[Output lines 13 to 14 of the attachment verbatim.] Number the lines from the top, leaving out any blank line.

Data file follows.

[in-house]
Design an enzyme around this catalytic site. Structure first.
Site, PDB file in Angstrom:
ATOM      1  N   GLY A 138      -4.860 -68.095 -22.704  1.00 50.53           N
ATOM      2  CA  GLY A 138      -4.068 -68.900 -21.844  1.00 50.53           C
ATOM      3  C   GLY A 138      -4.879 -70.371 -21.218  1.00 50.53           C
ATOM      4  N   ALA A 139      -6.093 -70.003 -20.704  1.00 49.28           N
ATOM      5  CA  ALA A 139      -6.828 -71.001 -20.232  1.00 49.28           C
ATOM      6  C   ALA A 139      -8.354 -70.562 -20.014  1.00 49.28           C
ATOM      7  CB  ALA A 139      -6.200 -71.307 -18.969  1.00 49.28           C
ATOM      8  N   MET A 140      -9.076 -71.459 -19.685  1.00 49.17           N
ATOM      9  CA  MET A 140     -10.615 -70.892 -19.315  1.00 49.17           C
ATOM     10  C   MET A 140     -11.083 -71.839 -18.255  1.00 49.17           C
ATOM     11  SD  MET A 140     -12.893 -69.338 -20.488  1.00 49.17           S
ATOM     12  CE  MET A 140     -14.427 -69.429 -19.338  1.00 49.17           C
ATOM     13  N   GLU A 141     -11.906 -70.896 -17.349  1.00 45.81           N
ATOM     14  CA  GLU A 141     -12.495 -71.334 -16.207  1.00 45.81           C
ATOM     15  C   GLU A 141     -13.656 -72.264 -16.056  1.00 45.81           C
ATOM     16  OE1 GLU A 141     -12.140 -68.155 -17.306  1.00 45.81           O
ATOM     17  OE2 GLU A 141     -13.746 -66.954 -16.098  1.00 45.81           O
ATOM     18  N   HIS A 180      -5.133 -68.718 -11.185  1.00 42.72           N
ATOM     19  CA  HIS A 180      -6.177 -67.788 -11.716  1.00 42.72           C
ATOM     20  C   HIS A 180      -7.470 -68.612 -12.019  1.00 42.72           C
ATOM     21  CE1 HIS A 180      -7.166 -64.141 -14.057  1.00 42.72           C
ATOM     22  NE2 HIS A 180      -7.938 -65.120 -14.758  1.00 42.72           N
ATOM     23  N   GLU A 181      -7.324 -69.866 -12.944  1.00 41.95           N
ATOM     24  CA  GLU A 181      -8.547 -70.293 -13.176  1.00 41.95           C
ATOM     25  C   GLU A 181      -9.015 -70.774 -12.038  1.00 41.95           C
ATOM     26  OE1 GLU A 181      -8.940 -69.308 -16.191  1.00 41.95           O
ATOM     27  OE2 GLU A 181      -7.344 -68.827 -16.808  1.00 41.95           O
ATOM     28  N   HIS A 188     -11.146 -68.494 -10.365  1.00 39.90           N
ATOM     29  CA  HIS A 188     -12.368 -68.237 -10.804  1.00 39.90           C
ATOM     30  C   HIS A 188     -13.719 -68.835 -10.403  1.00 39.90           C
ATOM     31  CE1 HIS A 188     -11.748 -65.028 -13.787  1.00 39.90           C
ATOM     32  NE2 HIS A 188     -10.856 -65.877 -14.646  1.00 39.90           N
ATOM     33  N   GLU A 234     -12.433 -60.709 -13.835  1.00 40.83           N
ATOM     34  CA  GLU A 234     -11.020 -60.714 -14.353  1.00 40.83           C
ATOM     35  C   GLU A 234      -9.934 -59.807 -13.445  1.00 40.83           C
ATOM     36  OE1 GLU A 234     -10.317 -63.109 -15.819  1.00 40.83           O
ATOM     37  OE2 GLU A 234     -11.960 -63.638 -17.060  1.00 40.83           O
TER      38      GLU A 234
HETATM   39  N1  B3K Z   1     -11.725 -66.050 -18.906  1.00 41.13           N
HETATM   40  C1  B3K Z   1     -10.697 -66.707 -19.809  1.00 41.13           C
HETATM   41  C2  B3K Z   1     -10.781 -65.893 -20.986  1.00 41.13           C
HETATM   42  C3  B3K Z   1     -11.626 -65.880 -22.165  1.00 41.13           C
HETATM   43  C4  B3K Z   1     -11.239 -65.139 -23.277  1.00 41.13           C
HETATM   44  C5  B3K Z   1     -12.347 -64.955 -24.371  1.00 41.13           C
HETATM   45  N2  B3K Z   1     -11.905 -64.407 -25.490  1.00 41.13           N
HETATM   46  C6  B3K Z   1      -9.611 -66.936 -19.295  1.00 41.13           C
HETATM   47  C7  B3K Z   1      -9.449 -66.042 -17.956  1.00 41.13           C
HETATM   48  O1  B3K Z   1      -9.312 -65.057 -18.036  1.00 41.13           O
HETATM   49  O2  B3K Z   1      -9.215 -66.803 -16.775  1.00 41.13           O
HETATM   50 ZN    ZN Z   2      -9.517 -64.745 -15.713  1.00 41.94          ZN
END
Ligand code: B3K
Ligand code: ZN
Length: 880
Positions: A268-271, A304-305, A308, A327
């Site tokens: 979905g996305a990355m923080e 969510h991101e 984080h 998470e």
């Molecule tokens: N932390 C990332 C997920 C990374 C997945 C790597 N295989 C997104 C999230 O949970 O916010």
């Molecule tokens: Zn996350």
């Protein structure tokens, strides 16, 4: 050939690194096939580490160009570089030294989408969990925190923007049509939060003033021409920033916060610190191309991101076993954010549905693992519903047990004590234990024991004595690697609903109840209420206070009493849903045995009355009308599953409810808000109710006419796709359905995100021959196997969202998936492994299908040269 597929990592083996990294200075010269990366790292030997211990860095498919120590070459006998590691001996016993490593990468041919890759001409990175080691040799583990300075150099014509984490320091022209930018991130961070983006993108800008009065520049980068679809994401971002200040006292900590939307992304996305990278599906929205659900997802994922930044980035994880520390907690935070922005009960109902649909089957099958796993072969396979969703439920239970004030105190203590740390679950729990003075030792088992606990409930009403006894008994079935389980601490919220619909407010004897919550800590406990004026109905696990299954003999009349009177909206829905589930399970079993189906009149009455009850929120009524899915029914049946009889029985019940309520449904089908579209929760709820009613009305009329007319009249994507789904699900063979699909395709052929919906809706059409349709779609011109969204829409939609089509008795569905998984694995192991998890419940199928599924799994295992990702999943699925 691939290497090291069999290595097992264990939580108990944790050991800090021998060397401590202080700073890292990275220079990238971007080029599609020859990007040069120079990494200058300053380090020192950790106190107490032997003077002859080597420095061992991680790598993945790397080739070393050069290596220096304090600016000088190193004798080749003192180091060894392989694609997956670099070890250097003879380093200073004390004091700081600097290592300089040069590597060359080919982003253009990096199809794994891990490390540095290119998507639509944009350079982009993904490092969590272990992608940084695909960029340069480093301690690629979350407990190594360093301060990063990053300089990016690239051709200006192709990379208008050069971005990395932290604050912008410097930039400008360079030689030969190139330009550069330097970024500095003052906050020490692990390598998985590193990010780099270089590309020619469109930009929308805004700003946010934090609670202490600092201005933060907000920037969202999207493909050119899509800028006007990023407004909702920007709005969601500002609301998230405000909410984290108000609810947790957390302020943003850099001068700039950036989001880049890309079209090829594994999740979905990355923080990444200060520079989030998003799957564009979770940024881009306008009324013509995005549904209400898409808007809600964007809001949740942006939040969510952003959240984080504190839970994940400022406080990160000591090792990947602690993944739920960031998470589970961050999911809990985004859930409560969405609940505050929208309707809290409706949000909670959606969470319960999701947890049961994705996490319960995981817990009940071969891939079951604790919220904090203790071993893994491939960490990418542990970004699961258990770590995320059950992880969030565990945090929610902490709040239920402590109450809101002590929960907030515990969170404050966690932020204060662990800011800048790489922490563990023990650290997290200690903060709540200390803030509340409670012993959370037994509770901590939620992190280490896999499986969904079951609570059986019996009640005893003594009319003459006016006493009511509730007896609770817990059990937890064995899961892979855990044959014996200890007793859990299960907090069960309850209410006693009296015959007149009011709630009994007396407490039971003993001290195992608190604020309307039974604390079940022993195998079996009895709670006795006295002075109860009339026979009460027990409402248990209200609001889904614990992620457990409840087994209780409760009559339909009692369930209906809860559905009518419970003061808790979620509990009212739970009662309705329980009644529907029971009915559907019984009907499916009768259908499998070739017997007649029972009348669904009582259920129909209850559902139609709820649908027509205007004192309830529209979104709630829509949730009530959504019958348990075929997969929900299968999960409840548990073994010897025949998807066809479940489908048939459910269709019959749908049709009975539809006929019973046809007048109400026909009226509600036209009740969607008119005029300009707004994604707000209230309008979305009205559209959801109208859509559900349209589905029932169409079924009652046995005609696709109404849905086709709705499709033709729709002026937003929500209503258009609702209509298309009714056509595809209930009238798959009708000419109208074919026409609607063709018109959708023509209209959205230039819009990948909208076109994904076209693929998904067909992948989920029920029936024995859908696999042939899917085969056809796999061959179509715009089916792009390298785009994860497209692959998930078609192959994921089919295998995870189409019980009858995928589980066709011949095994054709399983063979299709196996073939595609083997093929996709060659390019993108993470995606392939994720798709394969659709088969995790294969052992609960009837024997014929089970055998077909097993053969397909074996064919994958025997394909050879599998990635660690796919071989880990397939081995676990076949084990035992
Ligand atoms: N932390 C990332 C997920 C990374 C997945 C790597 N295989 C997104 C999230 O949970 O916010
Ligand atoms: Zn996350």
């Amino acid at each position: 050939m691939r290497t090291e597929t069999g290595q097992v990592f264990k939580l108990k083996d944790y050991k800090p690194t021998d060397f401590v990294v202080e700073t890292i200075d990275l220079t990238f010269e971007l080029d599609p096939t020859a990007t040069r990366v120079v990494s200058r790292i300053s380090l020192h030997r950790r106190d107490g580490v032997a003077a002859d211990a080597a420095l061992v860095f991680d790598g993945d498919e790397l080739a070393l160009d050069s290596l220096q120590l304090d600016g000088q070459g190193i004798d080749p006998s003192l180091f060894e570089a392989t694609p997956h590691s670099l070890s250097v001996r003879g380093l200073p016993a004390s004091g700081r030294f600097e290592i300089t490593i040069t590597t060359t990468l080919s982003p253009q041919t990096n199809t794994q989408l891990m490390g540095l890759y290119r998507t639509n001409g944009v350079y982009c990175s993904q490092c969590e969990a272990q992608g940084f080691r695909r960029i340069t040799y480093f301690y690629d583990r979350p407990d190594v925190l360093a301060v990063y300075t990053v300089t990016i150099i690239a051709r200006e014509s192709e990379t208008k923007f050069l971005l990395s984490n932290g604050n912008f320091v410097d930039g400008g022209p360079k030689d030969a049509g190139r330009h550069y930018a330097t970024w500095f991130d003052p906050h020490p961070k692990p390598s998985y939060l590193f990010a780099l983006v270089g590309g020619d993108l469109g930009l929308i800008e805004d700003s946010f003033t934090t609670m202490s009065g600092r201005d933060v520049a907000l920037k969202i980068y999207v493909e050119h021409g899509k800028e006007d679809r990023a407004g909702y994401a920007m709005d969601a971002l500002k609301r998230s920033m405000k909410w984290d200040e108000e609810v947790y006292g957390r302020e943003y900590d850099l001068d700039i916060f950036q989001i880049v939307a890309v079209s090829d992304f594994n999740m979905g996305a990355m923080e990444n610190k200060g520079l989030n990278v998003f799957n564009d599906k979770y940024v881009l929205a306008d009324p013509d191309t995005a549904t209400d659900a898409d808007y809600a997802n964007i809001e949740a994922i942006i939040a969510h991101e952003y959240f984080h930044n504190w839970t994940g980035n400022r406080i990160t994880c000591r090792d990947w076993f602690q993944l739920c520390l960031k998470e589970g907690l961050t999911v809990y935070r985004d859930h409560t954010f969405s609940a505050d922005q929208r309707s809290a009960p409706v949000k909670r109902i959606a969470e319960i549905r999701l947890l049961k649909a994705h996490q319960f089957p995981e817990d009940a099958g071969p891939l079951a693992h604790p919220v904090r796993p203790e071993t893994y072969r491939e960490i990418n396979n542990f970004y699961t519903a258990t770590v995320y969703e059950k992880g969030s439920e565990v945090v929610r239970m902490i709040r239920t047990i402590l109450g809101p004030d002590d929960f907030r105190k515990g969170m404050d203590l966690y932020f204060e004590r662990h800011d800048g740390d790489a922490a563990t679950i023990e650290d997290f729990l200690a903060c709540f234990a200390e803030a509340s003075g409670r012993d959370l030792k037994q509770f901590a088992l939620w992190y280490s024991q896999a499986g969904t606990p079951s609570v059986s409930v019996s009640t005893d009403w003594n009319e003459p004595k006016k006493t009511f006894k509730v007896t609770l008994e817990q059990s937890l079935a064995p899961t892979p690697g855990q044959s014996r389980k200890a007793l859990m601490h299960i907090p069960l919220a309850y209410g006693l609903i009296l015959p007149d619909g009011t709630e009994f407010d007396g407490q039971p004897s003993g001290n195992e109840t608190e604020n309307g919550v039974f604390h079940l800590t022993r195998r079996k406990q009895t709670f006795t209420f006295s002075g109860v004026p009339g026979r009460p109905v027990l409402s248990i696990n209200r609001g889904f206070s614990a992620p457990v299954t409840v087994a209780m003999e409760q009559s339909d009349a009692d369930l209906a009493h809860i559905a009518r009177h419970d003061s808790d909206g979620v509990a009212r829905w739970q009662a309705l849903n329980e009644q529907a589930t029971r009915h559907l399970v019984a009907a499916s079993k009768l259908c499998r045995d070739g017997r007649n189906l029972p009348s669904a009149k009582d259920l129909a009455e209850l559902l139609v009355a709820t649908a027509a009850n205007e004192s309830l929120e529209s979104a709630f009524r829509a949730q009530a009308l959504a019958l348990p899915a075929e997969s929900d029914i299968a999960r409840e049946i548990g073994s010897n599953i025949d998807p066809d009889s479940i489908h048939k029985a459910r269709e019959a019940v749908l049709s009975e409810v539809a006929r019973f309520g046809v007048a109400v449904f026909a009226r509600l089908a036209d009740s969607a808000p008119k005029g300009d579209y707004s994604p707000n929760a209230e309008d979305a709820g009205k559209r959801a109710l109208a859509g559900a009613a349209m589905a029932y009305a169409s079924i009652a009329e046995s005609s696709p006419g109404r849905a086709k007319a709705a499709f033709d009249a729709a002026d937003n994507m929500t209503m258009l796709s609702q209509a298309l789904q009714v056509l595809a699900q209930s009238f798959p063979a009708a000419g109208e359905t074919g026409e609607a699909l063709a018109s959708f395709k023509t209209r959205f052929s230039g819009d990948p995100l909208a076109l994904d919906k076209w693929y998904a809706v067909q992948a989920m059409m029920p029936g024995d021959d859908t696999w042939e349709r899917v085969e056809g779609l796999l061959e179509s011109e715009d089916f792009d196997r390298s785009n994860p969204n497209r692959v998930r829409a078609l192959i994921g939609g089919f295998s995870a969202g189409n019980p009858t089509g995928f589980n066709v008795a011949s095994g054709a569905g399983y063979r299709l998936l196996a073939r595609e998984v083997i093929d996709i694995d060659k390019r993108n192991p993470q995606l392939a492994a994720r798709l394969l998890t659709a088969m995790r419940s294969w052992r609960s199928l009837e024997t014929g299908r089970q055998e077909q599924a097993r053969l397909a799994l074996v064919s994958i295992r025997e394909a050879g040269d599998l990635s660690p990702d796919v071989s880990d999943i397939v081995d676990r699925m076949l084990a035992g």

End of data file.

ATOM     10  C   MET A 140     -11.083 -71.839 -18.255  1.00 49.17           C
ATOM     11  SD  MET A 140     -12.893 -69.338 -20.488  1.00 49.17           S